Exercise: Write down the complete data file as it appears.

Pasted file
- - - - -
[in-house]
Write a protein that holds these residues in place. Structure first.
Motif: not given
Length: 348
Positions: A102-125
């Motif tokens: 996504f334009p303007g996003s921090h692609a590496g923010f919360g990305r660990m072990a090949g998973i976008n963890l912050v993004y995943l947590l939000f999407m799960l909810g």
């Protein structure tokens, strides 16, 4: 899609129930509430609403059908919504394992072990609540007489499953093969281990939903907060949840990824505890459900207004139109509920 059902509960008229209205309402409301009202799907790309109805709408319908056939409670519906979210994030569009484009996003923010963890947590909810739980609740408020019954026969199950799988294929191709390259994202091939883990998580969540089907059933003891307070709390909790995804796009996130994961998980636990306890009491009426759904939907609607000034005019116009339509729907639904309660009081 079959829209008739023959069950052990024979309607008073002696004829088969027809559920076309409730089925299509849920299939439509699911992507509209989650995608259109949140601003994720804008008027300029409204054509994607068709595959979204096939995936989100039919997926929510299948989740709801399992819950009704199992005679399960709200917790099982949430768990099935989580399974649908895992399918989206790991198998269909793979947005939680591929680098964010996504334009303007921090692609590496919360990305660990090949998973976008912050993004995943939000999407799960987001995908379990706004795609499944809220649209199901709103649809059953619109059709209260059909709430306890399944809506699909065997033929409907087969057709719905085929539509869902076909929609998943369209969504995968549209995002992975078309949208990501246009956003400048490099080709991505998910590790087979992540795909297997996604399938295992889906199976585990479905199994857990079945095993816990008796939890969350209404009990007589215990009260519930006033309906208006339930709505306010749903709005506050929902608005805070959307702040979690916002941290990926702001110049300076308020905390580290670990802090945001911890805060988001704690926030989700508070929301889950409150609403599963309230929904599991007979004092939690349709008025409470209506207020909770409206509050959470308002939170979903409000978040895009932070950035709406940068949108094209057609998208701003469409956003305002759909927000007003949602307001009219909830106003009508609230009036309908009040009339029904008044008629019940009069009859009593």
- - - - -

[in-house]
Write a protein that holds these residues in place. Structure first.
Motif: not given
Length: 348
Positions: A102-125
């Motif tokens: 996504f334009p303007g996003s921090h692609a590496g923010f919360g990305r660990m072990a090949g998973i976008n963890l912050v993004y995943l947590l939000f999407m799960l909810g």
């Protein structure tokens, strides 16, 4: 899609129930509430609403059908919504394992072990609540007489499953093969281990939903907060949840990824505890459900207004139109509920 059902509960008229209205309402409301009202799907790309109805709408319908056939409670519906979210994030569009484009996003923010963890947590909810739980609740408020019954026969199950799988294929191709390259994202091939883990998580969540089907059933003891307070709390909790995804796009996130994961998980636990306890009491009426759904939907609607000034005019116009339509729907639904309660009081 079959829209008739023959069950052990024979309607008073002696004829088969027809559920076309409730089925299509849920299939439509699911992507509209989650995608259109949140601003994720804008008027300029409204054509994607068709595959979204096939995936989100039919997926929510299948989740709801399992819950009704199992005679399960709200917790099982949430768990099935989580399974649908895992399918989206790991198998269909793979947005939680591929680098964010996504334009303007921090692609590496919360990305660990090949998973976008912050993004995943939000999407799960987001995908379990706004795609499944809220649209199901709103649809059953619109059709209260059909709430306890399944809506699909065997033929409907087969057709719905085929539509869902076909929609998943369209969504995968549209995002992975078309949208990501246009956003400048490099080709991505998910590790087979992540795909297997996604399938295992889906199976585990479905199994857990079945095993816990008796939890969350209404009990007589215990009260519930006033309906208006339930709505306010749903709005506050929902608005805070959307702040979690916002941290990926702001110049300076308020905390580290670990802090945001911890805060988001704690926030989700508070929301889950409150609403599963309230929904599991007979004092939690349709008025409470209506207020909770409206509050959470308002939170979903409000978040895009932070950035709406940068949108094209057609998208701003469409956003305002759909927000007003949602307001009219909830106003009508609230009036309908009040009339029904008044008629019940009069009859009593």